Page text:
India File

Smart cities: A concerned citizen’s guide

Jinoy Jose P | Updated on February 25, 2019 Published on February 25, 2019

They are a work in progress across the globe

What is it?

In fact, the idea of a smart city goes back to the period where automated traffic lights were first introduced; that was in 1922 in Houston, Texas. Ever since, planner and builders have been looking for smart solutions to run cities. The advent of digital technologies expedited the search. But there is no consensus on what exactly is a smart city.


India’s Smart Cities Mission says it means different things to different people... varies from city to city and country to country, depending on the level of development, willingness to change and reform, resources and aspirations of the city residents. It, says the mission, can be an “entire urban ecosystem, which is represented by the four pillars of comprehensive development — institutional, physical, social and economic infrastructure. This can be a long-term goal and cities can work towards developing such comprehensive infrastructure incrementally, adding on layers of ‘smartness’.” Confused? Well, that’s exactly how most discussions end with smart cities.

But the role of IT is a common factor.

Technically speaking, a smart city is where smart solutions powered by information technologies play a vital role in areas such as governance, trade, transport, infrastructure maintenance, civic services. That said, there is no idea smart city existing anywhere in the world and that explains why different countries and planners have different yardsticks for defining and creating smart cities. To be fair, what’s smart for Botswana may not be smart for, say, Belgium.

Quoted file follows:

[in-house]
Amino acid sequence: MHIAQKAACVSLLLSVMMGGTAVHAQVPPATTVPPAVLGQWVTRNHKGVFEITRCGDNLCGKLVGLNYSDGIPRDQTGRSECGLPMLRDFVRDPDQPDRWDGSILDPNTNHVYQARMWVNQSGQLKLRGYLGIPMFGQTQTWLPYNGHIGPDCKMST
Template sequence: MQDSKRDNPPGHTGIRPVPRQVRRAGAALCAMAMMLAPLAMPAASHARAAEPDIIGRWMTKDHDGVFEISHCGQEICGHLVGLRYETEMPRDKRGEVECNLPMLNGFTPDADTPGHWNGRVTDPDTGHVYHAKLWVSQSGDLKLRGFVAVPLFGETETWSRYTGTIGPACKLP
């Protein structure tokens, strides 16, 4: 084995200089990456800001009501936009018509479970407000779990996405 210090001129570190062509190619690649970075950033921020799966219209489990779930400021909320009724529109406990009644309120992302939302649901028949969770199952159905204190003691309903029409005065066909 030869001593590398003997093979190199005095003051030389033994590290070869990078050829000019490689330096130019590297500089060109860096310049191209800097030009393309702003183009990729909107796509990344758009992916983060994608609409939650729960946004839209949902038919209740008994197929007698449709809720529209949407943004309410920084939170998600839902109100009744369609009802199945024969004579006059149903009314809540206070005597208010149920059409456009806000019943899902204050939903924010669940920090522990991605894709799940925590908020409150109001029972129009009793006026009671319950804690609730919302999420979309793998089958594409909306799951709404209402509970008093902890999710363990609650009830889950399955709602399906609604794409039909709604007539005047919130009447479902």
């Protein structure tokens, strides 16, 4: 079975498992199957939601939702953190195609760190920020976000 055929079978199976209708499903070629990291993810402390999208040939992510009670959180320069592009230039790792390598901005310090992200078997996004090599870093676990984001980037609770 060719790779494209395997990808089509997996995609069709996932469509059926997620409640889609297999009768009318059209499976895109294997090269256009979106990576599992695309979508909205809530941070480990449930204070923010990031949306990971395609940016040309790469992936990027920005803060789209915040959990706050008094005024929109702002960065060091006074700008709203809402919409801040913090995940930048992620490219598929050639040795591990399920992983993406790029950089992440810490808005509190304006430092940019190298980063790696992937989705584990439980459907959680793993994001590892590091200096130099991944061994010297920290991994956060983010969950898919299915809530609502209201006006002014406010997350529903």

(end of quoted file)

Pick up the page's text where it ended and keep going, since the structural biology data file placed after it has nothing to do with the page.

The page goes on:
Still, no globally accepted norms?

Not many. The use of digital technologies is the most accepted factor. Songdo, in South Korea, arguably the world’s first ‘smart’ city once looked like a ghost town where nobody wanted to live. While votaries of smart cities say it will enhance living standards of cities even though the investments that go into providing such solutions could be very high (cost of which will get evened out in the long term), critics say smart cities where surveillance solutions powered by artificial intelligence, big data and IoT (Internet of Things, which means a networks of gadgets and equipment always on and connected to the web and controlled in real time by algorithmic solutions) do not augur well for democracies as they push such cities into authoritarian tendencies.

You mean data control concerns?

That and more. Take India, for instance. Considering how concerns erupted the way the government and certain private companies handled biometrics-enabled unique identification number and the (sill raging) controversy over the way personal data of citizens is used by companies, the first smart thing any smart city planner must do is to define the parameters clearly, set guidelines on who will have access to and control the data collected and how much of algorithmic governance is required and, then, create a national policy on the same in consultation with data scientists, IT experts, civil society groups, planners, builders and policymakers.

Published on February 25, 2019

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